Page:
Heading into his bid for a second term, Gov. Bruce Rauner last week called for bipartisan cooperation with legislators to tackle the state’s problems, including a focus on improving the state’s financial standing through economic growth.
In a 30-minute State of the State speech delivered Wednesday to a joint session of the General Assembly, Rauner mixed old and new themes in setting out his agenda for the year. The new included addressing the ongoing issue of sexual harassment in state government and Legionnaire’s disease at the Quincy veterans home, while the old included renewed calls for property tax relief and term limits.
“The state of our state today is one of readiness,” Rauner said. “Readiness born of unprecedented frustration with our political culture, along with the firm belief that we have tremendous, but as-yet unrealized economic potential.”
Rauner was not specific about what he wants lawmakers to do to achieve economic growth outside of working cooperatively with each other. He said that where once lawmakers worked together to solve the state’s problems “we now divide to conquer the other side, or worse, we legislate for expediency rather than effect.”
Still, he pointed to school funding reform and criminal justice reform where lawmakers from both parties and his office worked together to achieve results.
Rauner defended his administration’s response to the repeated outbreaks of Legionnaire’s disease at the veterans home in Quincy. The administration has taken criticism for not being open about the outbreaks and not taking sufficient steps to avoid recurrences. Rauner said the administration is exploring replacement of entire systems at the home to try to eradicate the bacteria and “perhaps even a new facility.”
Once again, Rauner called on lawmakers to let voters decide whether Illinois should place term limits on elected officials.
Rauner cited other states that have done things to address public employee pension costs, lower health insurance costs to cover public employees, and cut rates for workers compensation. He did not, though, lay out specific proposals for dealing with those issues in Illinois.
Property tax relief – a holdover from previous Rauner speeches – got another mention. Rauner said lawmakers should pass a bill that allows voters to cut their property taxes via referendum.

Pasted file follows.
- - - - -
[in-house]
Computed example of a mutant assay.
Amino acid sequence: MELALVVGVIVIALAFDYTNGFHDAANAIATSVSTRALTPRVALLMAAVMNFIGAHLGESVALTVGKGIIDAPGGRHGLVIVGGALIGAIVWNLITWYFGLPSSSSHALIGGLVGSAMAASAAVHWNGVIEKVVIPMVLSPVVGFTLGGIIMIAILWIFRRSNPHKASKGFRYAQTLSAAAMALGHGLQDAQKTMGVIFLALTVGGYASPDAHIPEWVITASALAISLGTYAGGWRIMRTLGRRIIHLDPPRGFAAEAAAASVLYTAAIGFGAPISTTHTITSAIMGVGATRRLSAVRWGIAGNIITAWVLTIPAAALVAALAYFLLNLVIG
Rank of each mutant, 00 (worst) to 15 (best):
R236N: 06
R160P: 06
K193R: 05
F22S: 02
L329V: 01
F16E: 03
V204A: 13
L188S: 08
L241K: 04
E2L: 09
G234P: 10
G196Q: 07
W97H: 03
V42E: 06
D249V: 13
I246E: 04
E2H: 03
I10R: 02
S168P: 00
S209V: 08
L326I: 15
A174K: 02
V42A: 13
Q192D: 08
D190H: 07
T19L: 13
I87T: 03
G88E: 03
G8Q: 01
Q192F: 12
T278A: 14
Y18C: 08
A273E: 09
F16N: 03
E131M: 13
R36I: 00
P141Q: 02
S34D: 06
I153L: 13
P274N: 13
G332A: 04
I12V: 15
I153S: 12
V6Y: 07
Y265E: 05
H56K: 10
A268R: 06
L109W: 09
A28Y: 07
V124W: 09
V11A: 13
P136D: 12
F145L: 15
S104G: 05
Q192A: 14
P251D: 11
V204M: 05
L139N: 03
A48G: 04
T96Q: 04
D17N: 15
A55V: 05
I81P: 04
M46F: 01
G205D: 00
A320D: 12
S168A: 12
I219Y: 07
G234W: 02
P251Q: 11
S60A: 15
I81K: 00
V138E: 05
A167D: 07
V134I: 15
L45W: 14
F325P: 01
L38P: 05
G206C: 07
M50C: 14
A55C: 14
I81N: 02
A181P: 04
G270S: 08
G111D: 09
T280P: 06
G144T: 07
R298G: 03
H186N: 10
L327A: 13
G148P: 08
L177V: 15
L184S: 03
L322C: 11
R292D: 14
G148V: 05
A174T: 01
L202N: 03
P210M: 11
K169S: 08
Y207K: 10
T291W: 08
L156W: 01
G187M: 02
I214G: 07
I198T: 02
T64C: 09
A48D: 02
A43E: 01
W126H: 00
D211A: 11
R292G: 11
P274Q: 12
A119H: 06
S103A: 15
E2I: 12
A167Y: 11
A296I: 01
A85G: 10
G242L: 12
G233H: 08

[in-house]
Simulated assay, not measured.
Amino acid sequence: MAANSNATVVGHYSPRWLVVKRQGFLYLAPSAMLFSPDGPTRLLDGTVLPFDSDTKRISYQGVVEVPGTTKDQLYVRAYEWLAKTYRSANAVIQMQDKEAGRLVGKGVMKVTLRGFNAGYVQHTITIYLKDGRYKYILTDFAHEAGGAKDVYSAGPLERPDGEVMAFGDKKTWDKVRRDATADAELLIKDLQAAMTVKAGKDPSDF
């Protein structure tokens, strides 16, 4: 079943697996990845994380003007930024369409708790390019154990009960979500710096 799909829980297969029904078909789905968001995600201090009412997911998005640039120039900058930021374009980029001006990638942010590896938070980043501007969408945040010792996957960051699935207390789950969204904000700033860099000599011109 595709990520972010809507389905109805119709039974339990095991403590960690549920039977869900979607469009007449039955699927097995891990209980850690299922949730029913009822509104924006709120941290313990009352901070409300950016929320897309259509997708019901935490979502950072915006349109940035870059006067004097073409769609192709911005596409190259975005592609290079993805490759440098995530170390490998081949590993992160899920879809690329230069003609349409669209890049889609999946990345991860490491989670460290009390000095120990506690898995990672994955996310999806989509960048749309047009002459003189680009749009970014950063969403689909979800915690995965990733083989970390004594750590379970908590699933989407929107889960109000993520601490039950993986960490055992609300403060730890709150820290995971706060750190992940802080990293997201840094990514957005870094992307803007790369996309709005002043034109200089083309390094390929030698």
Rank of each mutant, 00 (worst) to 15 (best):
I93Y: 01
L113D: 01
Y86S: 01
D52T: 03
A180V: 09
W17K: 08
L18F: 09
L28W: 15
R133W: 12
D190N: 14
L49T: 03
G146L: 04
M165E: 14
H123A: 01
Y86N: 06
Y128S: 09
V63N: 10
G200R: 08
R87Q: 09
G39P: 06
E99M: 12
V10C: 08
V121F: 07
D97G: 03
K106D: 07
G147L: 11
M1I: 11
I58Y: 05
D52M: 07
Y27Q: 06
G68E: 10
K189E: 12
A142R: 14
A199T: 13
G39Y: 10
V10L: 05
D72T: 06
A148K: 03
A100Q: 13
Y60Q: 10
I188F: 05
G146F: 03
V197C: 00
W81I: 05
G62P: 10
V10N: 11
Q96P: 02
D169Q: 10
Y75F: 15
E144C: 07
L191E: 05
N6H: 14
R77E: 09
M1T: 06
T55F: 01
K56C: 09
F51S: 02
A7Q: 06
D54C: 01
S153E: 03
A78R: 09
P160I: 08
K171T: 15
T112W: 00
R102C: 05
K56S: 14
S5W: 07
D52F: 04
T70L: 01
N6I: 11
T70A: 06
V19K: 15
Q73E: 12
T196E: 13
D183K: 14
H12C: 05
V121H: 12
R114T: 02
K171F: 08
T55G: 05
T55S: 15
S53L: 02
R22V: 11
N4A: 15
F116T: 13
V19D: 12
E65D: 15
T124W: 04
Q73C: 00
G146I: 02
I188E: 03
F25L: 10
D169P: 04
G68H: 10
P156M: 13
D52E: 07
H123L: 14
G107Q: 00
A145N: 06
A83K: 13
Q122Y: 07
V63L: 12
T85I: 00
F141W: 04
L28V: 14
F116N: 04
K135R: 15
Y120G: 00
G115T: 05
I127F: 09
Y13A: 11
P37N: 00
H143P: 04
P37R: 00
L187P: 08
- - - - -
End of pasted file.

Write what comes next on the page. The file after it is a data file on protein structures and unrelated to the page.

He also said lawmakers should pass a bill to
prevent legislators from handling cases before property tax appeals boards. Rauner already issued an executive order prohibiting lawmakers from doing that before the state tax appeals board. It is directed largely at House Speaker Michael Madigan, D-Chicago, whose law firm handles property tax appeals cases in Chicago.
Madigan fired back in a statement saying Rauner again “chooses to blame others for the challenges facing our state on his watch instead of being the leader he was elected to be.”
“For the good of our state, maybe it’s better the governor continue sitting on the sidelines and pretend he is not in charge,” Madigan said.
It was a reference to Rauner’s statement that Madigan runs the state, not the governor.
The biggest cheer of the afternoon, however, came when Rauner teased the budget speech he will give Feb. 14.
“The surest road to economic vitality and job growth is a collaborative effort to regain our financial integrity,” Rauner said. “To that end, I will submit a balanced budget proposal next month. It will offer a path to reduced spending and it will show the way to surpluses going forward so we can reduce taxes and start the push back against the assault on middle class bank accounts.”
Democrats in the chamber gave that a standing ovation, mainly because they’ve said Rauner has yet to present a balanced budget proposal during his first three years in office.
After the speech, House Republican Leader Jim Durkin of Western Springs also called for bipartisan cooperation to get property tax relief, a balanced budget and pension reform.
“Together, we can find bipartisan compromises and solutions to put Illinois on the right fiscal path and create economic opportunities in all corners of the state,” he said in a statement.
Senate President John Cullerton, D-Chicago, said he’s skeptical about Rauner’s call for bipartisan cooperation.
“We’ve had 3 years of political attacks and then he suggests maybe we should start working together,” Cullerton said. “I hope that he’s being sincere, but I have to really question that.”